Abbas (Abbas Attar)
[Photographer, b. 1944, Iran, d. 2018, Paris.]

 The choice was to think of oneself either as a photojournalist or an artist. It wasn’t out of humility that I called myself a photojournalist, but arrogance. I thought photojournalism was superior. 
 I know that some photographers have big egos, but photography is simple. In the morning, you put a roll of film in your camera—and today you don’t even have to do this with digital. You take to the streets, you come back home, edit your photographs and show them. It’s that simple. 
 Now I don’t just make stories about what’s happening. I’m making stories about my way of seeing what’s happening. 
 There are two ways to think about photography: one is writing with light, and the other is drawing with light.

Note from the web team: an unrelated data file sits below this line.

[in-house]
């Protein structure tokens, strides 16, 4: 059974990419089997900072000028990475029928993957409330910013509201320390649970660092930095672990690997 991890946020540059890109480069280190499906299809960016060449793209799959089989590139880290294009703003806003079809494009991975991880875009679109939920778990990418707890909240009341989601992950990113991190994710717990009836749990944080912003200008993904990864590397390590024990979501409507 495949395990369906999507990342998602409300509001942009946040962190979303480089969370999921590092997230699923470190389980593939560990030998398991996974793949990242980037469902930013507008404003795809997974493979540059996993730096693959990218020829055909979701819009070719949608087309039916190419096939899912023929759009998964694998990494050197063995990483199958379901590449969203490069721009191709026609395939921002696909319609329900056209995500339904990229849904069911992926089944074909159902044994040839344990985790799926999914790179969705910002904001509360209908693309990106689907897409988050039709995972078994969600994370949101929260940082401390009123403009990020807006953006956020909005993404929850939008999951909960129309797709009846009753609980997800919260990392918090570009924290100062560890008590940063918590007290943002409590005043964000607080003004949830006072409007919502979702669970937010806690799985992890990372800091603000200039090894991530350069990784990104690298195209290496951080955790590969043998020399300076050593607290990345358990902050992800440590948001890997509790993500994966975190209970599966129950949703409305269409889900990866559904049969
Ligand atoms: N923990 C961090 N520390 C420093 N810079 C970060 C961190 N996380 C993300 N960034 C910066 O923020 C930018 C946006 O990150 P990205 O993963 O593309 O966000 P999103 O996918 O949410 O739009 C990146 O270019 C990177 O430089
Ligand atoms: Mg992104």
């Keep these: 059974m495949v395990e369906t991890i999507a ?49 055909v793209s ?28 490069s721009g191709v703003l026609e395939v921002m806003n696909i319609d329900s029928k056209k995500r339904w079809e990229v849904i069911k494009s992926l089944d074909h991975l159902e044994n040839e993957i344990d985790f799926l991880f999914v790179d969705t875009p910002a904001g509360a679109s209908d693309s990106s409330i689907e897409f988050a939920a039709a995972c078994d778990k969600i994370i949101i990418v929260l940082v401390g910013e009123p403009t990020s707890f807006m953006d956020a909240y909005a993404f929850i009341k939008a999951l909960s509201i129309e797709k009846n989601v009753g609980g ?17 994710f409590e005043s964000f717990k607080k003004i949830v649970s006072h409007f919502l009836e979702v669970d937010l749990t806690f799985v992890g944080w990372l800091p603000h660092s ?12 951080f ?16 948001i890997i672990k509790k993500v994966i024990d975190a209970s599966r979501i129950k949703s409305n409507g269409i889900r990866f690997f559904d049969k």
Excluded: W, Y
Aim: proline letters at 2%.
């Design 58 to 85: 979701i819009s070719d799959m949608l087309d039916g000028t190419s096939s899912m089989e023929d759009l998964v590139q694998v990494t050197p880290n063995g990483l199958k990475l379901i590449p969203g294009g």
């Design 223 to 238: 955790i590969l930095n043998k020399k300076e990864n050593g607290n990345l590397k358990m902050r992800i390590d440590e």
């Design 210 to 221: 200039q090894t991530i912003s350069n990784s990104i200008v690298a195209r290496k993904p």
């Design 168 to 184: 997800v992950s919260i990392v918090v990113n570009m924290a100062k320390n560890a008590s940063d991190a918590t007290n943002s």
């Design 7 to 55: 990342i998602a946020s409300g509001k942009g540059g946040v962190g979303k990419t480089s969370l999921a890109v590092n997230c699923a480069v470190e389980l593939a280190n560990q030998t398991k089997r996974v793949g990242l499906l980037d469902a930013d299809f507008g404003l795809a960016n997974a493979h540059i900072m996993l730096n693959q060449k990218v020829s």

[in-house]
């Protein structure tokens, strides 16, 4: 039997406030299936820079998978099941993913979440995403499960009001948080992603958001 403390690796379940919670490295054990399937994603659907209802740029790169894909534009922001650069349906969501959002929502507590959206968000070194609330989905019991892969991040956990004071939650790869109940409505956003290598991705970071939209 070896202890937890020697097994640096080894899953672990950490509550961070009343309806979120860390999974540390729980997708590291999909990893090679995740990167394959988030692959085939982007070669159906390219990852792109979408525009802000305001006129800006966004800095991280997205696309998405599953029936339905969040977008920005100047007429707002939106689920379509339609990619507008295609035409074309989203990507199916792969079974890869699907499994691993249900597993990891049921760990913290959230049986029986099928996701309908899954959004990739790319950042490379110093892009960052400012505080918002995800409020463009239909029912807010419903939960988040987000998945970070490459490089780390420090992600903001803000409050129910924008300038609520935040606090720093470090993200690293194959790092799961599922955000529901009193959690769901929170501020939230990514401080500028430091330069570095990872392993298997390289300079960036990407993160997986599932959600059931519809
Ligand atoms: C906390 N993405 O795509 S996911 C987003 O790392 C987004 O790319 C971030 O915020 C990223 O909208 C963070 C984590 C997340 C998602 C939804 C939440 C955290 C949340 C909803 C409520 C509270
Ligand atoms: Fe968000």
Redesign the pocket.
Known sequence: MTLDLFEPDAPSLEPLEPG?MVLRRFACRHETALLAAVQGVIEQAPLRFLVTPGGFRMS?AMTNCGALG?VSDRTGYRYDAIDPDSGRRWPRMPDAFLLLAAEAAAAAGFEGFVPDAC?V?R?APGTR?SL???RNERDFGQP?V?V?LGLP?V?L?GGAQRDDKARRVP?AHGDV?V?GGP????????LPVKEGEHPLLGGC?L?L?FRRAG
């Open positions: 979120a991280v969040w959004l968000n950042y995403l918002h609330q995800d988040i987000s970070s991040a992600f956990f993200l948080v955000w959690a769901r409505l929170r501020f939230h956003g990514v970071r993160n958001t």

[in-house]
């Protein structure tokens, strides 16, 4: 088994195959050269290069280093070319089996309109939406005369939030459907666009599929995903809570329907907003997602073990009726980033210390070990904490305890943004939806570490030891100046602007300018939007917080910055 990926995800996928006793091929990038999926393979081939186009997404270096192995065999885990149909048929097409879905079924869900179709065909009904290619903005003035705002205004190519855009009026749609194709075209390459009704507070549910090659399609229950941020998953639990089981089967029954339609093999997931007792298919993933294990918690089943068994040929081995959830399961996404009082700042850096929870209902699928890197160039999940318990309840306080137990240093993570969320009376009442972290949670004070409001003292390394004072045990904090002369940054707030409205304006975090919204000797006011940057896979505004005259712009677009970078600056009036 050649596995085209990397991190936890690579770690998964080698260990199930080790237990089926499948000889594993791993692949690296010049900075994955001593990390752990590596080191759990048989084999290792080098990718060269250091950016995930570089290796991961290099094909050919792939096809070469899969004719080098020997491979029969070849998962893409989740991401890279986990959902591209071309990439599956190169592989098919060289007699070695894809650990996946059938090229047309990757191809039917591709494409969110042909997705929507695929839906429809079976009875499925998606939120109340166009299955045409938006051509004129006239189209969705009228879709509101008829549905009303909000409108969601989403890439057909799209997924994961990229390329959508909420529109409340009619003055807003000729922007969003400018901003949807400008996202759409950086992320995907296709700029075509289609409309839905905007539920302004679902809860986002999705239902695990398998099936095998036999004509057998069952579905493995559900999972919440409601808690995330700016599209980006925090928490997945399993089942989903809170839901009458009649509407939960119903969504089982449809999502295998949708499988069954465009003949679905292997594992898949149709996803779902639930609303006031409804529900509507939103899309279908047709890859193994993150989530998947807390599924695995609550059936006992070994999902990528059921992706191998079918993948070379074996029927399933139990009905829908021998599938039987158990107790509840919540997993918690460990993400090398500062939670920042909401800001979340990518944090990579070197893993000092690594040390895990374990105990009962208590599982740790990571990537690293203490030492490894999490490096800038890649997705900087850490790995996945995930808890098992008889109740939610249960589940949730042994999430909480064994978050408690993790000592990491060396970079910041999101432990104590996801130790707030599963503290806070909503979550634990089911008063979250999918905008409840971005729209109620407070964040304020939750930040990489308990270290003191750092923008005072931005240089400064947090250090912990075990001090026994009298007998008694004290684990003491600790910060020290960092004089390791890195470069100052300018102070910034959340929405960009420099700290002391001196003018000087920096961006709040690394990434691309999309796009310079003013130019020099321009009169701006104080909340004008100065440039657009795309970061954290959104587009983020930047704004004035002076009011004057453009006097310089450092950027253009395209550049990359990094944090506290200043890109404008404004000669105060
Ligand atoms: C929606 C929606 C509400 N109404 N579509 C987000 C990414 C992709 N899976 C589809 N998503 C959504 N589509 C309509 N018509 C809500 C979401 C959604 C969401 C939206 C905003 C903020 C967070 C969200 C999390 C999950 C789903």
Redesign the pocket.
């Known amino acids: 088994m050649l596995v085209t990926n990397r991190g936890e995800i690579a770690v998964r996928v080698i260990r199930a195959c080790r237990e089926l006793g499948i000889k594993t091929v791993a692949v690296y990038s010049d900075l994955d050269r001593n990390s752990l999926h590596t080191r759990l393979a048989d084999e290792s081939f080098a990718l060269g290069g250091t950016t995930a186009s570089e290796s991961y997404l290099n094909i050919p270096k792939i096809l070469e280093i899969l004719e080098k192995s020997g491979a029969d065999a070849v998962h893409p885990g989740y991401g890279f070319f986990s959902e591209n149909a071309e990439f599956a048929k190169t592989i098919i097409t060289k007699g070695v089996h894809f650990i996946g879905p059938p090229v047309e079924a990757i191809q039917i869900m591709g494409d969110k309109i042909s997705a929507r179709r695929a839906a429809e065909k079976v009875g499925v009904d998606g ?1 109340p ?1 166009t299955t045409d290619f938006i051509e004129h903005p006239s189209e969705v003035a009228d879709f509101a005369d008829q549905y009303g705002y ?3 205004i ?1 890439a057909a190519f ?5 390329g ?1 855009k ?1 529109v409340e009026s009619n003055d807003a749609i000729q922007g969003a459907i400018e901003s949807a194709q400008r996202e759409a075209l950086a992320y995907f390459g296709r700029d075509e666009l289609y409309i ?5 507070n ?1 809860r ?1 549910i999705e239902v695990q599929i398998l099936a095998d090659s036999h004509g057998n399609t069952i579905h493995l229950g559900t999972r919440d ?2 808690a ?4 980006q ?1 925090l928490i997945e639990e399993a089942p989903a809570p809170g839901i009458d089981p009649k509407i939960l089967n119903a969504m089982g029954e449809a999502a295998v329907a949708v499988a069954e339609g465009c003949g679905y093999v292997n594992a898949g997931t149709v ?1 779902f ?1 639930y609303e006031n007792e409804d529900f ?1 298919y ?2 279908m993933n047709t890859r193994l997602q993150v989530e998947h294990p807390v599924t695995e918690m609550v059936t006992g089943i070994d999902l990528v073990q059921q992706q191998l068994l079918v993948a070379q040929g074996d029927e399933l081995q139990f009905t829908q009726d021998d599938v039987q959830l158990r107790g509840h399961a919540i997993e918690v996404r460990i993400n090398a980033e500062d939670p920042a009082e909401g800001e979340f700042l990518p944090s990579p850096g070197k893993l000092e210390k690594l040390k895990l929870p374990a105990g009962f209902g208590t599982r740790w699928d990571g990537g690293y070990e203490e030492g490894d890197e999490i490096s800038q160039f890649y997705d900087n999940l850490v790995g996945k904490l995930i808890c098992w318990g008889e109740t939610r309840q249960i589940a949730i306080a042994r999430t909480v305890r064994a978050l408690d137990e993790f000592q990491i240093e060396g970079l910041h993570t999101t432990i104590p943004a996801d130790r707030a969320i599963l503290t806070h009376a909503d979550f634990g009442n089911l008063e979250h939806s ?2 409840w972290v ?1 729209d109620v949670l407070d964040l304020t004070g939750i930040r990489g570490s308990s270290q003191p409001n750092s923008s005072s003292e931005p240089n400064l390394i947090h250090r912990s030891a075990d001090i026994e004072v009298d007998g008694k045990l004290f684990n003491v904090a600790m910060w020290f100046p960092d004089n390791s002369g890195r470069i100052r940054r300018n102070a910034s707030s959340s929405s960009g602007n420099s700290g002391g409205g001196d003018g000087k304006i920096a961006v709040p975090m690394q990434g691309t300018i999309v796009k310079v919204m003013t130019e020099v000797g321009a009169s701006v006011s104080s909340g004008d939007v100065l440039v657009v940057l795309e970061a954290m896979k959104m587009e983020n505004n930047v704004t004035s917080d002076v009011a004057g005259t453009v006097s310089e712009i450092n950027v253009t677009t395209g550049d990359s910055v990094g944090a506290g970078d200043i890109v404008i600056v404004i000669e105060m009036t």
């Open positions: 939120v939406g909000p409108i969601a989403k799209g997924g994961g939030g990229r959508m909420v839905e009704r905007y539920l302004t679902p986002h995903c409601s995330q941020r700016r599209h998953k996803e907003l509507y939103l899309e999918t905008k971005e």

I am among the generation of photographers who believe a picture is sacred, that once you took take it, that’s it: you don’t crop it, you don’t touch it, you don’t fool around with it. 
 Isn’t photography “writing with light”? But with the difference that while the writer possesses his word, the photographer is himself possessed by his photo... 
 Each picture should be good enough to stand on its own but its value is a part of something larger. 
 My photography is a reflection, which comes to life in action and leads to meditation. Spontaneity—the suspended moment—intervenes during action, in the viewfinder. 
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